Mar 14, 2011 rated it it was amazing
Just when you think you have the whole story figured out, the characters surprise you. They do something you weren’t expecting. In a real life sort of way. It’s not all sunshine and songs of friendship. It’s life. Which reminds me of a quote from the book (I think it’s Latin) “gang aft gangly, best laid plans oft go awry…”

The Scoot, he’s so sweet and cute I just want to pinch his cheeks. He is this precocious little thing that is wise beyond his years, who watches Star Wars and likes to quote Yo
Margaret Boling
6/16/11 ** Day 19, Book 28 ** Nick and Scoot are best friends (though Nick is a little embarrassed about this friendship); Scoot and Jaycee are friends (unbeknownst to Nick). Scoot is dying, Nick's father has left home, and Jaycee has decided that Nick needs to help her make a dying wish of Scoot's come true.

This poignant tale weaves together threads from the characters' lives with quotes and themes from various Star Wars movies and Of Mice & Men, creating a tapestry that inexorably pulls y
Cathy Blackler
May 15, 2011 rated it really liked it
After Paul Hankins great praise for this book I was fortunate enough to receive a copy via Alyson Beecher. Polisner's coming of age novel did not disappoint. Reminiscent of As Easy as Falling off the Face of the Earth (interesting connection with the titles, btw) readers will make an instant connection with Nick. Family problems, including a depressed father and a distant older brother, along with a best friend who is dying, send Nick hurtling toward Jaycee; a girl who appears to be as unlike Ni ...more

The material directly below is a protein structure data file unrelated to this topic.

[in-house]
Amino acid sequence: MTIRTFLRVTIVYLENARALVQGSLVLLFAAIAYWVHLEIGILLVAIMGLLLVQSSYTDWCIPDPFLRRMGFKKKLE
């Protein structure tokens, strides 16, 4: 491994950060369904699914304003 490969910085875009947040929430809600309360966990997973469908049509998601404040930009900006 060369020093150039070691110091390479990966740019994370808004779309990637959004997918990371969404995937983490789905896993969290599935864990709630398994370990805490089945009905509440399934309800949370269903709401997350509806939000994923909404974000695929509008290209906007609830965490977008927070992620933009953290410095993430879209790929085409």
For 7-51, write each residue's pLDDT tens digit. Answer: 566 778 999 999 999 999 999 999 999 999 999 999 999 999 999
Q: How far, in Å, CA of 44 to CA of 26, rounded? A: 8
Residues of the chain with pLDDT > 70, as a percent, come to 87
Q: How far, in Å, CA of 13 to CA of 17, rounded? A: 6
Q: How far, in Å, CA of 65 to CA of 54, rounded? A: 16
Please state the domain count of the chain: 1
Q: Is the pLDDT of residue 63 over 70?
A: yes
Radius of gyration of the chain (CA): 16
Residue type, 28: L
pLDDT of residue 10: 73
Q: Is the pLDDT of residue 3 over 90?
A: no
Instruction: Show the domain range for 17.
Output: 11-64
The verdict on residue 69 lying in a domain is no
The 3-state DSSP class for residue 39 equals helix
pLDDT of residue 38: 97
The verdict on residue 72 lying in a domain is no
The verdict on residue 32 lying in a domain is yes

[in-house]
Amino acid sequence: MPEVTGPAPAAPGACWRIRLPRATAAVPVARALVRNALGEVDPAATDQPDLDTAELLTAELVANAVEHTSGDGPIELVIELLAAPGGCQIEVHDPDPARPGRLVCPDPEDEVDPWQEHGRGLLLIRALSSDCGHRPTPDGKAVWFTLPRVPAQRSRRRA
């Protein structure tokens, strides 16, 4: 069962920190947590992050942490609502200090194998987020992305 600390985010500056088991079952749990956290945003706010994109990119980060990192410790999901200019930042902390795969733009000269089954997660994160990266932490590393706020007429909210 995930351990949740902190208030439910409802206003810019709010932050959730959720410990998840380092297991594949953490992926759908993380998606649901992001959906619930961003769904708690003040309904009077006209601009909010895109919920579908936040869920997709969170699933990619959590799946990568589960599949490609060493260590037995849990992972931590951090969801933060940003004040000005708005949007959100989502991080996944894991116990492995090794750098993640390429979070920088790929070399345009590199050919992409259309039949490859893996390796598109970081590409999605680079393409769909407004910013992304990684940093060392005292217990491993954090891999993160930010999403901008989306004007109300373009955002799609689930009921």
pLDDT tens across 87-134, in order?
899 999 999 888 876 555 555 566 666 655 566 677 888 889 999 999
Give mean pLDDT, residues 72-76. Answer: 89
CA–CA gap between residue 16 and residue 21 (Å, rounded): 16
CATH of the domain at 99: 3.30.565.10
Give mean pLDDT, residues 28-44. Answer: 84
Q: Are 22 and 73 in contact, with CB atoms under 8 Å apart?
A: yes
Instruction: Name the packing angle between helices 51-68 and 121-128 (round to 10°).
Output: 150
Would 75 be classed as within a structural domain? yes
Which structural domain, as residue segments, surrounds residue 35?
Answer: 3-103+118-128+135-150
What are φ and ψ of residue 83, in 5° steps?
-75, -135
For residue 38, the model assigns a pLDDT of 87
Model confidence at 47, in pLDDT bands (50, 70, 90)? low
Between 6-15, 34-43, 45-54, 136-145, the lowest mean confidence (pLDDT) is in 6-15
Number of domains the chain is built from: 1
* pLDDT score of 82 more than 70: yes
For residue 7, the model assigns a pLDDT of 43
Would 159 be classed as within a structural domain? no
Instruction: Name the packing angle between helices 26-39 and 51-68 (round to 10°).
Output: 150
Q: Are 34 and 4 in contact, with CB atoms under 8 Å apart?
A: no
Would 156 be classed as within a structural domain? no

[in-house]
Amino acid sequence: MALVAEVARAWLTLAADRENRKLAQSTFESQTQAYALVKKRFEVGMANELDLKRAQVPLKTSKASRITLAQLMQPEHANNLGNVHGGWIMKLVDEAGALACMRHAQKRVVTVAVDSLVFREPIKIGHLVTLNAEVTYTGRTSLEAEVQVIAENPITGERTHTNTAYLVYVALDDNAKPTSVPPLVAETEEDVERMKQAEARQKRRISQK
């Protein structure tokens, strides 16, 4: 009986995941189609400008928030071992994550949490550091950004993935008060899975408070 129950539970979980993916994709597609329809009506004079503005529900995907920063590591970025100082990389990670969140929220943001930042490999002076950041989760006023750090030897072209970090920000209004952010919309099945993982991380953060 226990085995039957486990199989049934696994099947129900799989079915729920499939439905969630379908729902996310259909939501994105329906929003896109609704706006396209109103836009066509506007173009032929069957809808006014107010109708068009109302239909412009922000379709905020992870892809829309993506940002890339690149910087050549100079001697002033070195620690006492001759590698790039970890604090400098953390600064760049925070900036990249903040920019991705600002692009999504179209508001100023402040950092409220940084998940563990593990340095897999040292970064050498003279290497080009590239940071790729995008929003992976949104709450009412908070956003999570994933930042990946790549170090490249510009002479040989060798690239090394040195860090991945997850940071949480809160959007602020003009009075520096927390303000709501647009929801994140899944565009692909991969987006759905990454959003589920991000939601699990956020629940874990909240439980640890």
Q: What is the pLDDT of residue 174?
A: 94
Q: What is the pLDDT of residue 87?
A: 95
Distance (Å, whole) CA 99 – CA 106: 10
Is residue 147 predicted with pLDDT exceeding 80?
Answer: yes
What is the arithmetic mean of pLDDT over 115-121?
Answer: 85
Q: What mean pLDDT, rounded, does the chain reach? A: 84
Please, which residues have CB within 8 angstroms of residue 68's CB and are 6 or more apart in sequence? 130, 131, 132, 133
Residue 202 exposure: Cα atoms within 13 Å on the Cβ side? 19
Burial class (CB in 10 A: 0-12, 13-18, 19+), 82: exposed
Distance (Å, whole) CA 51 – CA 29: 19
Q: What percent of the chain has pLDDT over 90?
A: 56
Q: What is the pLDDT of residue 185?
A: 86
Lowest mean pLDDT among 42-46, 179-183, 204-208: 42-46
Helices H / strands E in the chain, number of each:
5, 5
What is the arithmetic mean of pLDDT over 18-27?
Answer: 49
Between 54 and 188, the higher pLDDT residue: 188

Carol Royce Owen
Jun 14, 2011 rated it it was amazing
Gae Polisner's The Pull of Gravity was a beautiful, bittersweet novel that will have you crying and laughing out loud. You will grow to love all of the characters, even minor characters, like Nick's brother, Jeremy, and you'll wonder about people put on this earth for such a short while who leave us with gifts that will change our lives forever. Like Paul Hankins I felt this book connected on so many levels to A Prayer for Owen Meany as part of a reading ladder. As I was reading The Pull of Gra ...more
Apr 13, 2011 rated it it was amazing
Shelves: elizabeth, hannah
So I could not possibly love this book more. If one of John Green's books had a baby it would be this book. And that would be so much more than okay! This is such an odyssey and I loved Nick and Jaycee by the end so much, I didn't want it to be the end!!! Plus the Scoot was so real to me that it made my heart hurt. I laughed so hard when Nick had the fever hallucination of the Cola Can chasing him.....not enough words in the world. I think I want my own copy of this book and the author is totall ...more